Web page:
He had his suspicions, naturally, regarding Sharlene's spending habits—cocaine, animal-print spandex, tattoos for the fathead boyfriend du jour, if not herself. Bonnie, most likely, had subsisted on fast food and frozen pizza.

Dylan's jaw tightened to the point of pain; he consciously relaxed it. None of this was Bonnie's doing. Unlike him, unlike Sharlene, she was innocent, forced to live with the consequences of other people's mistakes.

Not anymore, he vowed silently.

Much as he would have liked to put all the blame on Sharlene, he knew it wouldn't be fair. He'd known who—and what—she was when he'd slept with her, nearly three years ago, after a rodeo, in a town he couldn't even remember the name of now. They'd holed up in a cheap room and had sex for a week, then gone their separate ways. A few clueless months later, Sharlene had tracked him down and told him she was expecting his baby.

And he'd known it was true, long before he'd even laid eyes on Bonnie and seen her resemblance to him, the same way he'd known he wasn't alone in the parking lot behind the Black Rose.

Listless with fatigue and probably confusion, Bonnie merely nibbled when the room-service food came, and then fell asleep in her overalls. Was she still on formula or something? Should he send a bellman into town for baby bottles and milk?

He sighed, shoved a hand through his tangled hair.

In the morning, he'd take Bonnie to a pediatrician—after buying her some decent clothes so the doc wouldn't put a call through to Child Protective Services the minute they walked in—for a routine exam and to find out what the hell two-year-olds actually ate.

When he was sure Bonnie was sound asleep, the bedspread tucked around her, he called Madeline. She'd be expecting him, though to her credit, not at an even remotely reasonable hour, since theirs was a sleep-over-when-you're-passing-through kind of arrangement.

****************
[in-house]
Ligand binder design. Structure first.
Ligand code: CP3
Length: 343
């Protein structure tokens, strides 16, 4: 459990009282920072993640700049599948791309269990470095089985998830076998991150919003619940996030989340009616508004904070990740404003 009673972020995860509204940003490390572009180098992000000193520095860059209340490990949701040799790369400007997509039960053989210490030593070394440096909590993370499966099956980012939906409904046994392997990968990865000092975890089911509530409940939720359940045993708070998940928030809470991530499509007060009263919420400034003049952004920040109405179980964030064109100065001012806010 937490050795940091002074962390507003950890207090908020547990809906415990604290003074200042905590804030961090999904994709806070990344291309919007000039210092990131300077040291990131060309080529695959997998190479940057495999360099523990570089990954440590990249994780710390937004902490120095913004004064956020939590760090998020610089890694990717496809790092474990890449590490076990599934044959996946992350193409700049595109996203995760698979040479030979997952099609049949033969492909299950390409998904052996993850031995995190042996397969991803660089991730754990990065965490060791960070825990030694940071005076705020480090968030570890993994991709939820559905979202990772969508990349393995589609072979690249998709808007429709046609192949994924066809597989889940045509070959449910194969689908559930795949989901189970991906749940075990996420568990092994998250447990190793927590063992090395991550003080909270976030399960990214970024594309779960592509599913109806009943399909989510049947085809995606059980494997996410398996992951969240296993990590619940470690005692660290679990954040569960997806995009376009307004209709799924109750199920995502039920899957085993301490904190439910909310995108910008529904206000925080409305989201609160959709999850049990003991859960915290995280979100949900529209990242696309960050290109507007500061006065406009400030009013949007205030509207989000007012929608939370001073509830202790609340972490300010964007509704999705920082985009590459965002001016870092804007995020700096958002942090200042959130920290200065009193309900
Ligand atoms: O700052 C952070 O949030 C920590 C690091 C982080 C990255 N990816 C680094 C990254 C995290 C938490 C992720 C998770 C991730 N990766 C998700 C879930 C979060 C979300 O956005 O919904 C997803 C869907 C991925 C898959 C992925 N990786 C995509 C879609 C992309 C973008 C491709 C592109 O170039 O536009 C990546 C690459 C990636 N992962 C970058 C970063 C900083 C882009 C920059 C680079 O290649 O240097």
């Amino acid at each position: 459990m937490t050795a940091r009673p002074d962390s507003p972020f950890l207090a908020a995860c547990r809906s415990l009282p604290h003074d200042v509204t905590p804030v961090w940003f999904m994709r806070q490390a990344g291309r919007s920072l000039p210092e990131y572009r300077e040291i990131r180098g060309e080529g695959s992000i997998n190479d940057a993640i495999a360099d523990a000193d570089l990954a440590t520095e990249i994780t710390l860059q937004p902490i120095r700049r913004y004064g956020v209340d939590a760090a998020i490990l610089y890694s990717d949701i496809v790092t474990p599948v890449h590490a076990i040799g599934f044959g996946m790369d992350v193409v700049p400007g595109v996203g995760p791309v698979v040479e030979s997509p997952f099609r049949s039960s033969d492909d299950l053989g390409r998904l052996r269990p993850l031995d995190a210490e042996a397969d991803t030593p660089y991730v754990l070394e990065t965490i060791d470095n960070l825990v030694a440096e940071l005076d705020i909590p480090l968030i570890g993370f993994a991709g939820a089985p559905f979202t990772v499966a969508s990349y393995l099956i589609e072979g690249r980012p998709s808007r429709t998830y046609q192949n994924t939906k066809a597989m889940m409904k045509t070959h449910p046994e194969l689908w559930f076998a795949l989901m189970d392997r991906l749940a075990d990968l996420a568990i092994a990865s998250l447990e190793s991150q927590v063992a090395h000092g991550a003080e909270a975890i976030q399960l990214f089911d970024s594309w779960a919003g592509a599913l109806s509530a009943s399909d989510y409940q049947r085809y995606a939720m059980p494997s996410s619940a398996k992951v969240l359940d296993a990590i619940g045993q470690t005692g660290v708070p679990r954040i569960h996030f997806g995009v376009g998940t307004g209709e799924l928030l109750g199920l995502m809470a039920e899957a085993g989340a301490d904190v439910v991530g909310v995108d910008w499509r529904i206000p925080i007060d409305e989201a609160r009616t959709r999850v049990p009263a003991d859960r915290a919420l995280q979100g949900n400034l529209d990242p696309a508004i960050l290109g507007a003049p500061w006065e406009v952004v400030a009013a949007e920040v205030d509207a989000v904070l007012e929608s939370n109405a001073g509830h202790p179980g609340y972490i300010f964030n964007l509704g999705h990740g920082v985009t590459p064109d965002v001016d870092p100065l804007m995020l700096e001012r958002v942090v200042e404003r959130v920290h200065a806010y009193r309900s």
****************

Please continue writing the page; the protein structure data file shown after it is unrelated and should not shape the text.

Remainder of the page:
He needed his clothes, and his shaving gear, and his laptop.

"It's Dylan," he said, to Madeline's hello.

"You winnin', sugar?" She'd cultivated a Southern drawl, but every once in a while, the Minnesota came through, with its faintly Scandinavian lilt.

"I always do," Dylan murmured, looking at his sleeping child.

"Then we ought to celebrate," Madeline crooned. "Find us a sexy movie on pay-per-view and—"

"Look, Madeline, I can't make it over there tonight. Something—er—came up—"

"Where are you?" There was a snap in Madeline's tone now. She wasn't possessive—he'd have driven fifty miles out of his way to avoid her if she had been—but she had turned down other offers for the duration of his stay in Vegas, she'd made that abundantly clear, and she clearly wasn't happy about being stood up.

"I'm at South Point," he began.

"Damn you," Madeline said, downright peevish now, "you picked up some—some woman, didn't you?"

"Not exactly."

"What do you mean, 'not exactly'?"

"I'm with my daughter, Madeline," Dylan said, patient only because he didn't want to disturb Bonnie. "She's two years old."

The croon was back. "Oh, bring her over here! I just love babies."

Dylan actually considered the offer, for a nanosecond. Then he remembered Madeline's penchant for impromptu sex, the smell of stale pot smoke that permeated her condo and the bowl of colorfully packaged condoms in the middle of her coffee table.